In recent years there has been much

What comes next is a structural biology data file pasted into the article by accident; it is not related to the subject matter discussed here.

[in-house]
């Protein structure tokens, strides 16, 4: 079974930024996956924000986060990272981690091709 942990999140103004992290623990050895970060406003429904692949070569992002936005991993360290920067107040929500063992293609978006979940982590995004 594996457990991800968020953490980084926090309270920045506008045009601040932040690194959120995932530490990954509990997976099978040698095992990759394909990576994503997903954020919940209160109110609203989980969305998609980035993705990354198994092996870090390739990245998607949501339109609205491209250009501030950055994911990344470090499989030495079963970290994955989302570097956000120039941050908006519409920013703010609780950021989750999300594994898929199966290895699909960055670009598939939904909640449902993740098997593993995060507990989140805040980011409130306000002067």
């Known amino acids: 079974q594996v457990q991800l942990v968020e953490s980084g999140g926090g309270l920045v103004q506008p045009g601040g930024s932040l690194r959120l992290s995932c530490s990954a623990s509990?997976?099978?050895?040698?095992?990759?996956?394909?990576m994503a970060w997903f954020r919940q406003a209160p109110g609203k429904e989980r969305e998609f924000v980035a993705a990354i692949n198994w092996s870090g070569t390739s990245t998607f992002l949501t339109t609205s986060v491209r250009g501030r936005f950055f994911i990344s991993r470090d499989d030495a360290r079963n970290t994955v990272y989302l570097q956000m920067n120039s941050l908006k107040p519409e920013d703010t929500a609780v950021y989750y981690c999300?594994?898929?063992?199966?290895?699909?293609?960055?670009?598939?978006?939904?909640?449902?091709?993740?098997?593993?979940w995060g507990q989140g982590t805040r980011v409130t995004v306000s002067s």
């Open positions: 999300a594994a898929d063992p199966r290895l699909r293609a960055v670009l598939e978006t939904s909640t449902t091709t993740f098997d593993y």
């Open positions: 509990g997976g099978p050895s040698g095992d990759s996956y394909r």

In recent years, there has been much interest within the endothelin community regarding the possibility that ETA and ETB receptors may form homo- and heterodimers. Heterodimerization of endothelin receptors may provide an explanation for the results mentioned in the previous paragraph and might also account for other reports of atypical endothelin binding sites, although splice variants and post-translational modification of receptors should also be considered. It has been demonstrated with the aid of fluorescence resonance energy transfer analysis that, at least in transfected cells, ETA and ETB receptors can constitutively form heterodimers and homodimers. Furthermore, ETB receptors may internalize at a slower rate when present as ETA–ETB heterodimers. Consistent with this effect, HEK 293 Alisertib transfected with both ETA and ETB receptors display a markedly prolonged (>4minutes) increase in [Ca] in response to exposure to ET-1 or the selective ETB receptor antagonist sarafotoxin 6c, compared with more transient (1–2minutes) responses of cells transfected with either receptor subtype alone. At least with endothelin receptors, most work to date has focused on heterodimerization of ETA and ETB receptors, rather than heterodimerization of endothelin receptors with receptors that bind other ligands. However, multiple combinations of receptor heterodimers have been described over the past 20 years, including dimers that bind the same ligand (for example, β-adrenoceptor–α-adrenoceptor dimers) or different ligands (for example, angiotensin AT–bradykinin B receptor dimers). Heterodimerization of receptors alters their ligand-binding properties and in some cases appears essential for activation of downstream signaling. Zeng and colleagues (this issue) now present results consistent with the possibility that endothelin ETB receptors and dopamine D receptors form heterodimers in renal proximal tubule cells from Wistar–Kyoto (WKY) rats. Dopamine receptors have previously been shown to heterodimerize with adenosine receptors in neurons, allowing adenosine agonists and antagonists to modulate the binding affinity and signaling activity of dopamine receptors. With both D and ETB receptors being expressed by the proximal tubule, it seems plausible that heterodimerization of ETB receptors with D receptors could also occur. Zeng and colleagues report that in a proximal tubular cell line derived from WKY rats, D receptors colocalize with ETB receptors in the plasma membrane. In contrast, this interaction appears to be disrupted in the corresponding cell line derived from spontaneously hypertensive rats (SHRs), with ETB receptors primarily localized in the cytoplasm and D receptors present in both the plasma membrane and cytoplasm. This difference may be functionally important, as the investigators reported that WKY rats produced a natriuretic response to intrarenal infusion of a selective D agonist, whereas SHRs, at least under conditions of high salt intake, did not. Moreover, the natriuretic effect of the D agonist in WKY rats could be attenuated by treatment with an ETB receptor antagonist, arguing in favor of some kind of functional cross-talk existing between ETB and D receptors in WKY rats. A question not addressed in the study is whether the relationship goes both ways—do D receptor antagonists impair the natriuretic effects of tubular ETB receptors? Also, what are the effects of agonists of D and ETB receptors on the actions mediated by one another? This study appears to provide an additional example, albeit an unanticipated one, of the importance of renal ETB receptor function in the normal control of blood pressure and salt and water homeostasis. ETB receptor-deficient rats, collecting duct-specific ETB receptor knockout mice, and rats chronically treated with an ETB receptor antagonist all display an elevation of arterial pressure that is exaggerated when the animals are placed on a high-salt diet. Although these effects may be at least partially attributable to loss of ETB receptor-mediated NO production, the work of Zeng and colleagues would suggest that impairment of D receptor-induced natriuresis might also contribute to the hypertension observed in those animals. Since D and ETB receptors are both expressed by medullary collecting duct cells, it would be interesting to know whether collecting duct-specific ETB receptor knockout mice display reduced diuretic and natriuretic responses to D receptor agonists.